Family Teamwork: Getting Kids Involved In Dog Training

Many clients that I work with have families, or might be starting one very soon. The latter, often is signing up for my expecting parents training program, Cribs and Canines, so that their dog is well-prepared to accept and behave around a new baby in the home. I also have clients with children, ranging at different ages, from infant, toddler, to even teenager. For kids very young where they are still working on their own communication skills, or are still very small and not strong enough to handle a dog (of varying sizes and temperaments), training a dog might not be a task that they are ready for. But for those that are capable and willing, it can be extremely beneficial for the dog’s overall training, plus the child learns to be a leader for the dog.

Our Atlanta Dog Training programs get the kids involved!

Lucas is learning how to train his dog, George. Beforehand, Lucas would get nipped at because he was the youngest and smallest of the family. Now Lucas is learning to be a leader and in control for George!

To be clear, if there are any doubts on the child’s safety being involved with dog training, then I do not recommend they participate, particularly early on in the training when the dog is getting acclimated. For example, if we’re working with a dog that bites aggressively, I would not want a child handling the dog until MAYBE the dog improves, even if the dog is wearing a muzzle. Not only is it an issue of safety, but if the dog misbehaves, especially severely, and the child is not fully aware or capable of handling the dog, we may end up reinforcing the bad behavior accidentally. Training involves good timing and diligence, and if the child is too ambitious or just not going to commit to the task, then it is best for the sake of the child and dog that they hold off on the training for some time. Kids might be intimidated by the training, feeling insecure that they cannot pull it off. There’s no need to force them, but rather gradually get them involved with some small, basic exercises that they and the dog can succeed in. Once confidence is reached, their handling will improve immensely, and the dog will respond better.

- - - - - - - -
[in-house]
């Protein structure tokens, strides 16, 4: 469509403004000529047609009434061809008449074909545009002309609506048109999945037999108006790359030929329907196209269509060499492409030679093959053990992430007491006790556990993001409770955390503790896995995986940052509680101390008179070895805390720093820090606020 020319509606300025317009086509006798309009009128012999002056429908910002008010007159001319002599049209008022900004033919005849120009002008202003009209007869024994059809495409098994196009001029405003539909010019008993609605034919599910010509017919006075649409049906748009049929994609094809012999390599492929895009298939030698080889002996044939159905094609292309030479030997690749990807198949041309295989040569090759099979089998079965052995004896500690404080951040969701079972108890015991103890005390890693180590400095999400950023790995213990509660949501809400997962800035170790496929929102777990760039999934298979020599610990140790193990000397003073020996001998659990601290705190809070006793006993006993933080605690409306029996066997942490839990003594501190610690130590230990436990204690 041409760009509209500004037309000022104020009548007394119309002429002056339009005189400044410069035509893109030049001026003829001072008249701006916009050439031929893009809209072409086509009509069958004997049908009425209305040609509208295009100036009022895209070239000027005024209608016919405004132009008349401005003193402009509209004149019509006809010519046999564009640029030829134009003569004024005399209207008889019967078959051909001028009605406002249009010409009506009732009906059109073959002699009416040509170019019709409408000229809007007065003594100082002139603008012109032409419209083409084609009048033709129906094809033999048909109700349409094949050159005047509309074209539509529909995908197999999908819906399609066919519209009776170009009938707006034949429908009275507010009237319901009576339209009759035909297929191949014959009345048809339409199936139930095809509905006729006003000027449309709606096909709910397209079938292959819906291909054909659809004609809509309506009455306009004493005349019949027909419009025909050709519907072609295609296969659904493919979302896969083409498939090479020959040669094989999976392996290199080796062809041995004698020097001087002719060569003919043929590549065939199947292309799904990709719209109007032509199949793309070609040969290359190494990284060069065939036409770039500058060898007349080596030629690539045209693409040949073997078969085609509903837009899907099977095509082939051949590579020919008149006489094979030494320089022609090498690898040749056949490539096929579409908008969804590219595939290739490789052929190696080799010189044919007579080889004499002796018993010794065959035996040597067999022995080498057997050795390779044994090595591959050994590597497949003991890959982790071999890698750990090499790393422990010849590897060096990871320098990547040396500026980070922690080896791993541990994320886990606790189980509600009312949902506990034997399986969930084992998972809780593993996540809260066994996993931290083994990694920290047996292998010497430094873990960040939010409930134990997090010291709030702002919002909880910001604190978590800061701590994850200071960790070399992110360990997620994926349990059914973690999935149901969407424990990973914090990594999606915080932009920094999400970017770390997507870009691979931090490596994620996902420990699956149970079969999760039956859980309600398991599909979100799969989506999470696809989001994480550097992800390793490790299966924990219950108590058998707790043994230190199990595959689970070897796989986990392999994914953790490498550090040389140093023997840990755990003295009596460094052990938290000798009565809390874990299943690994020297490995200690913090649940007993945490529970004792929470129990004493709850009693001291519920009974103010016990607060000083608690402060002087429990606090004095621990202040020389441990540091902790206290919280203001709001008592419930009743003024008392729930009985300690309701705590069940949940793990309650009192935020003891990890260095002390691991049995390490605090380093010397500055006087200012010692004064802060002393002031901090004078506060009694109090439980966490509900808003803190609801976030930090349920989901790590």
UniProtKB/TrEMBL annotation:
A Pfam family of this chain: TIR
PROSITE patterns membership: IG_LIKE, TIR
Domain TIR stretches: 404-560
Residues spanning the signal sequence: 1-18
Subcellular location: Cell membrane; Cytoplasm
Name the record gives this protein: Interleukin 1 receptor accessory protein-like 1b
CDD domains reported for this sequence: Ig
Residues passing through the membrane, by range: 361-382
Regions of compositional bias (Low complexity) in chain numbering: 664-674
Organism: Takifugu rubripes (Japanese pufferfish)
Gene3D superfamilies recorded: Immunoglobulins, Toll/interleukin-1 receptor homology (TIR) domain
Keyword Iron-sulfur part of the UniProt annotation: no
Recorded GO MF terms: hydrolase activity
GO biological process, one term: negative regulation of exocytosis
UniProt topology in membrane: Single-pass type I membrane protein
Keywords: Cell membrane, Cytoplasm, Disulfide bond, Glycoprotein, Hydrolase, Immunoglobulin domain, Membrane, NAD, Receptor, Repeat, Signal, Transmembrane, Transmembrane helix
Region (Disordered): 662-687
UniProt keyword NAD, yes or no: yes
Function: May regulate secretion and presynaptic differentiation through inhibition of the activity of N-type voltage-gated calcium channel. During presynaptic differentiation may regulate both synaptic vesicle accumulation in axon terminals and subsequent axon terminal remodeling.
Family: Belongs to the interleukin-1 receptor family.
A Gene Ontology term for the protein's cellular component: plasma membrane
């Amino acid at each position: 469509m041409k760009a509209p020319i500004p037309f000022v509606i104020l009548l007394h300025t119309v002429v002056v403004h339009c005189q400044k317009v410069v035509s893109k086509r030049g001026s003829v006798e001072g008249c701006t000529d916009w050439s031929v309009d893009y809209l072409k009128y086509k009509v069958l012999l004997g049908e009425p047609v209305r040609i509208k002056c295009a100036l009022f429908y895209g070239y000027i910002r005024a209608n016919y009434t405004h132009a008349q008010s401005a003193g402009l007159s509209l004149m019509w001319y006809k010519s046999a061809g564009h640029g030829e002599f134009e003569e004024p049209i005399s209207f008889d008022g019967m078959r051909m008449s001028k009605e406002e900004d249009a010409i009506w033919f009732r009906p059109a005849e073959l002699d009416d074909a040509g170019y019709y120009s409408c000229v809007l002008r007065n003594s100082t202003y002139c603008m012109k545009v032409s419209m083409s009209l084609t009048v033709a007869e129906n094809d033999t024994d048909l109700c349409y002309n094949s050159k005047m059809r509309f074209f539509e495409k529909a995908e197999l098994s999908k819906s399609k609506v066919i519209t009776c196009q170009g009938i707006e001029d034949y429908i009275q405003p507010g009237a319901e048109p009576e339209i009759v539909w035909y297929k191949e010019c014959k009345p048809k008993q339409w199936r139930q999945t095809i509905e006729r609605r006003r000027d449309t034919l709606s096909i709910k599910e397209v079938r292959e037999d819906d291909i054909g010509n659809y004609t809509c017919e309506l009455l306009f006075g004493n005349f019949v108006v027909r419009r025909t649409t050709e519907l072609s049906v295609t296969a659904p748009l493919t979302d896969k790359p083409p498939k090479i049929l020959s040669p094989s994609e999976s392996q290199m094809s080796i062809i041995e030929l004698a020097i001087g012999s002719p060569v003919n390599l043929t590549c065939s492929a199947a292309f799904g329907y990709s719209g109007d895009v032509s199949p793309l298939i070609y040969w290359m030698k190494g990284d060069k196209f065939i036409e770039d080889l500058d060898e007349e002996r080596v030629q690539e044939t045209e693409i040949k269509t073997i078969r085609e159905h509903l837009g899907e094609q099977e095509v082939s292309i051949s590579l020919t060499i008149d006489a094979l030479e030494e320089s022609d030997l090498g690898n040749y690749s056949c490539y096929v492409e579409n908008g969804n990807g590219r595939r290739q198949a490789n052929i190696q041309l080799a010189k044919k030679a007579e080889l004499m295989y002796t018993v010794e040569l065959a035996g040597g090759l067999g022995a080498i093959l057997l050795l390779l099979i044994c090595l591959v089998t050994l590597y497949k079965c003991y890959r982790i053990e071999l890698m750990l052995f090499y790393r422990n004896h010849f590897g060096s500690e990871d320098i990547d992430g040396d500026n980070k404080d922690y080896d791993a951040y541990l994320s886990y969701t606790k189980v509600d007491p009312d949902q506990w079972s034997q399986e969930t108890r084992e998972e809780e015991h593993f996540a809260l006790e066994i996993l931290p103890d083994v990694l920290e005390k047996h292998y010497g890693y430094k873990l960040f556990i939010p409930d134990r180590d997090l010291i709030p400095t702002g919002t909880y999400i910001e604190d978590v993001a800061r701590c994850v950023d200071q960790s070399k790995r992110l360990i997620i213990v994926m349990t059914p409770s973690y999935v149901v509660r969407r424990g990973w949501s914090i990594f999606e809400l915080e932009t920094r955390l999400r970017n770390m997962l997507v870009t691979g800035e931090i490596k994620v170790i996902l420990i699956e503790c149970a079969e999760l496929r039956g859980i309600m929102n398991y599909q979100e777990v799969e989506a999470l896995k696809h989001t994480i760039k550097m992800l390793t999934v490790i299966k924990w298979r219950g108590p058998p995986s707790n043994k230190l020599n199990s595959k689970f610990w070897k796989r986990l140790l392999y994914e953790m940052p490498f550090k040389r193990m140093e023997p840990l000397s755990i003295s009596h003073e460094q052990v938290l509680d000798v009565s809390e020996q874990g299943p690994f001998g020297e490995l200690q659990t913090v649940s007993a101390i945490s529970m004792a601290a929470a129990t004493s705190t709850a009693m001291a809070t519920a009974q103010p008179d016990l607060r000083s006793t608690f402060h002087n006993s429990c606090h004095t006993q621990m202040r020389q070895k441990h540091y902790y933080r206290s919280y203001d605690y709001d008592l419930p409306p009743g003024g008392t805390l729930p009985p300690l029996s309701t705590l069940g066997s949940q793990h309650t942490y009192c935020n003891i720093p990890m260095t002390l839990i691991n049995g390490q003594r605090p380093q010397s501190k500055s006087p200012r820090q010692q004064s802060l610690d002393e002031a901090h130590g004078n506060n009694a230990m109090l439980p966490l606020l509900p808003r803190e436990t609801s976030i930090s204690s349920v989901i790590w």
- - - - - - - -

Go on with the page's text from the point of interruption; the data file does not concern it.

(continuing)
Like dogs, children need guidance, and if you work with them and communicate with them on the dog training techniques, they should learn and pick it up in no time. The child should work at their own pace, but also stay consistent. One of the best things about getting the kids involved with the dog training is that is maintains the consistency of the training structure and boundaries that we are setting for the dog. The dog will learn to follow through and obey your command, but ALSO your kids. Many dogs see the younger family members as being on their level, and sometimes will take advantage of it. This happens because kids normally don’t take an authoritative role with the dogs. But in many cases it is better if they do, and in some cases, it is necessary that the dog see the kids as leaders, alongside with the parents.

Dog training is also a great way for a child to build leadership within themselves. Dog training is all about being a leader for your dog, and the child will have to demonstrate this same leadership. No longer will they get picked on by the dog, just because they’re small and the dog sees them solely as a playmate that they can toy around with. It teaches both the dog and child how to abide by fair boundaries, and for the child to administer them for the dog. It teaches them that practice CAN make perfect, that positive reinforcement is a great way to teach, while also showing that there are limitations in life.

If you have young ones that are interested in being part of your dog’s behavioral progress, then encourage it! I work with families and their children who wish to participate. If a child is not interested, I do not force the issue, as it requires commitment. But if you and your child wish to move forward with your dog’s behavior training, then call me at 800-649-7297 and we’ll set everyone up for success!